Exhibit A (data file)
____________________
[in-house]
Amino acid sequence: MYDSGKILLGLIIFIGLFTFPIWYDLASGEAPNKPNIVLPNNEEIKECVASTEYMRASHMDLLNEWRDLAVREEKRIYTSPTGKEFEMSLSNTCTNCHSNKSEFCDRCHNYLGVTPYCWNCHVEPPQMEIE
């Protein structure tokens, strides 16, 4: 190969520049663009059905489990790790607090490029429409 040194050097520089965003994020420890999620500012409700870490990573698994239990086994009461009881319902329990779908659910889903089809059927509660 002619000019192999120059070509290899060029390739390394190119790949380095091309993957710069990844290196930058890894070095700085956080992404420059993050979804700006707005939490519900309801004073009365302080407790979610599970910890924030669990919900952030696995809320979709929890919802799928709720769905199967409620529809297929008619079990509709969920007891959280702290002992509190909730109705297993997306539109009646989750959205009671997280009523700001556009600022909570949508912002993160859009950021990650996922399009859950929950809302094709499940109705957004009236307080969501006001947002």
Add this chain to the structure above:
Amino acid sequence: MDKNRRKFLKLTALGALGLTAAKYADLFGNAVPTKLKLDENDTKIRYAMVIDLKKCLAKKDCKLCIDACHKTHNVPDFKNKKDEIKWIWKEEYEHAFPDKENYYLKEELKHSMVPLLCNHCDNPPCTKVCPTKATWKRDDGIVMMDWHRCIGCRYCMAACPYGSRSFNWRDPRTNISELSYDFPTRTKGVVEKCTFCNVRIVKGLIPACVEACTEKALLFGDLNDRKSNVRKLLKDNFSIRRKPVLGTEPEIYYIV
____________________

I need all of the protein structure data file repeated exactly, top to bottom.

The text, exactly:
[in-house]
Amino acid sequence: MYDSGKILLGLIIFIGLFTFPIWYDLASGEAPNKPNIVLPNNEEIKECVASTEYMRASHMDLLNEWRDLAVREEKRIYTSPTGKEFEMSLSNTCTNCHSNKSEFCDRCHNYLGVTPYCWNCHVEPPQMEIE
């Protein structure tokens, strides 16, 4: 190969520049663009059905489990790790607090490029429409 040194050097520089965003994020420890999620500012409700870490990573698994239990086994009461009881319902329990779908659910889903089809059927509660 002619000019192999120059070509290899060029390739390394190119790949380095091309993957710069990844290196930058890894070095700085956080992404420059993050979804700006707005939490519900309801004073009365302080407790979610599970910890924030669990919900952030696995809320979709929890919802799928709720769905199967409620529809297929008619079990509709969920007891959280702290002992509190909730109705297993997306539109009646989750959205009671997280009523700001556009600022909570949508912002993160859009950021990650996922399009859950929950809302094709499940109705957004009236307080969501006001947002």
Add this chain to the structure above:
Amino acid sequence: MDKNRRKFLKLTALGALGLTAAKYADLFGNAVPTKLKLDENDTKIRYAMVIDLKKCLAKKDCKLCIDACHKTHNVPDFKNKKDEIKWIWKEEYEHAFPDKENYYLKEELKHSMVPLLCNHCDNPPCTKVCPTKATWKRDDGIVMMDWHRCIGCRYCMAACPYGSRSFNWRDPRTNISELSYDFPTRTKGVVEKCTFCNVRIVKGLIPACVEACTEKALLFGDLNDRKSNVRKLLKDNFSIRRKPVLGTEPEIYYIV